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A Brief History of Humankind

By Yuval Noah Harari
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  • Contains 12 key ideas
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Sapiens by Yuval Noah Harari

Sapiens (2015) traces the evolution of our species – from the rise of our most ancient ancestors to our current place in the modern, technological age. How have we, a species of hairless, tailless ape, managed to completely dominate the entire planet? These blinks show you the developments and trends that have allowed Homo sapiens to rise to the top.

Key idea 1 of 12

Although not the first humans, Homo sapiens came to replace all other human species on Earth.  

We humans are pretty special: we completely dominate the planet, and we’ve even moved beyond the Earth’s boundaries to explore, and possibly colonize, space.

How have we been able to do so much? In order to find out we must go back to the start, to the evolution of our human species.

Humans first appeared about 2.5 million years ago in East Africa, evolving from a genus of great apes known as Australopithecus. These early humans, such as Homo rudolfensis and Homo erectus, eventually migrated, abandoning East Africa for more promising environments. Adaptation to these new habitats led them to evolve into even more forms of Homo, including Homo neanderthalensis in Europe and Asia.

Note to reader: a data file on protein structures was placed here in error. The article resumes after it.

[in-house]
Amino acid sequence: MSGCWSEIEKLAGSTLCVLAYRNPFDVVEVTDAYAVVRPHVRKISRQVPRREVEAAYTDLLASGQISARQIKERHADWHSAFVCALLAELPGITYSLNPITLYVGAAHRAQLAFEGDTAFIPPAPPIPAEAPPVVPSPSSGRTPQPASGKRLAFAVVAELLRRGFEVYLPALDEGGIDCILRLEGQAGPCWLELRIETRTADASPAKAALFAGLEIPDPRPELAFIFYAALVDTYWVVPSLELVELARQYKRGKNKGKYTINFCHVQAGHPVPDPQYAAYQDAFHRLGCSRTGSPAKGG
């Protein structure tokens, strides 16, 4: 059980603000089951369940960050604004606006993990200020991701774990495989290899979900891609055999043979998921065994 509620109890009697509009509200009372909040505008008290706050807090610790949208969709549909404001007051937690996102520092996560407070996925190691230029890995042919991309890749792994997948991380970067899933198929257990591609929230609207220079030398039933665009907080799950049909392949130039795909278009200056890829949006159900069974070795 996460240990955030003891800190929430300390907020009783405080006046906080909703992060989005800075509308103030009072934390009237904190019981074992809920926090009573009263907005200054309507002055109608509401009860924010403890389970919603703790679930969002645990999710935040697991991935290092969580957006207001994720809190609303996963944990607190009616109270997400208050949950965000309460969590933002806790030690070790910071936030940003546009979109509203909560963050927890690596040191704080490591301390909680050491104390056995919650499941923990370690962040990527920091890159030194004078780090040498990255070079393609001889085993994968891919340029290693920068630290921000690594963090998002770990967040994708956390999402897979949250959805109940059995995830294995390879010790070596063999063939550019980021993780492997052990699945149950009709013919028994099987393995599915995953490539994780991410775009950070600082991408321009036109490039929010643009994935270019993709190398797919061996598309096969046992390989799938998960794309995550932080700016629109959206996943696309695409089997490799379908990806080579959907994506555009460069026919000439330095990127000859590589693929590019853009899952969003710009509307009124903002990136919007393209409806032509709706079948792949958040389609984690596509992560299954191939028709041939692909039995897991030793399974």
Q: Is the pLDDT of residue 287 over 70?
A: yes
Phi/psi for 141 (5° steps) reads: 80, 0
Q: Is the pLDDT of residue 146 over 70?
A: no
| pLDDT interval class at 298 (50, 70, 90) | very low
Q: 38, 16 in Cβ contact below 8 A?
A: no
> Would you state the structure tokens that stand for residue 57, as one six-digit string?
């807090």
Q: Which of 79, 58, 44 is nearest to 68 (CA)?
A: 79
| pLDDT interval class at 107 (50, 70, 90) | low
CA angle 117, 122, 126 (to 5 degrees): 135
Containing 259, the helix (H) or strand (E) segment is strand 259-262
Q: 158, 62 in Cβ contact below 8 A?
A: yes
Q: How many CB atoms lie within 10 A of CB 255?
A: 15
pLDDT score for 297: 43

It wasn’t until 300,000 years ago that modern humans, Homo sapiens, first appeared. This new species of human were not particularly special. Sure, they had large brains, walked upright, used tools and were highly social, but so did the other species of human. For example, Neanderthals hunted large game and used fire long before the emergence of Homo sapiens.

And yet, despite there being nothing particularly special about Homo sapiens, they prospered and overspread the globe; all the other human species died out. Why?

There are two theories to explain this: The Interbreeding Theory suggests that Homo sapiens began mating with the other species of humans – most notably Homo neanderthalensis – and that that resulted in the species’ gradually merging together. There is evidence to back this theory up: the DNA of modern Europeans contains between 1 and 4 percent of Neanderthal DNA, as well as some DNA from other earlier human species.

The Replacement Theory, on the other hand, suggests that Homo sapiens, thanks to their slightly superior skills and technology, pushed other human species toward extinction – either by taking away their food sources or by violently killing them off.

So which of the theories is most likely to be correct? Well, both are likely to be partially correct: Homo sapiens probably drove the other species toward annihilation and simultaneously interbred with them.

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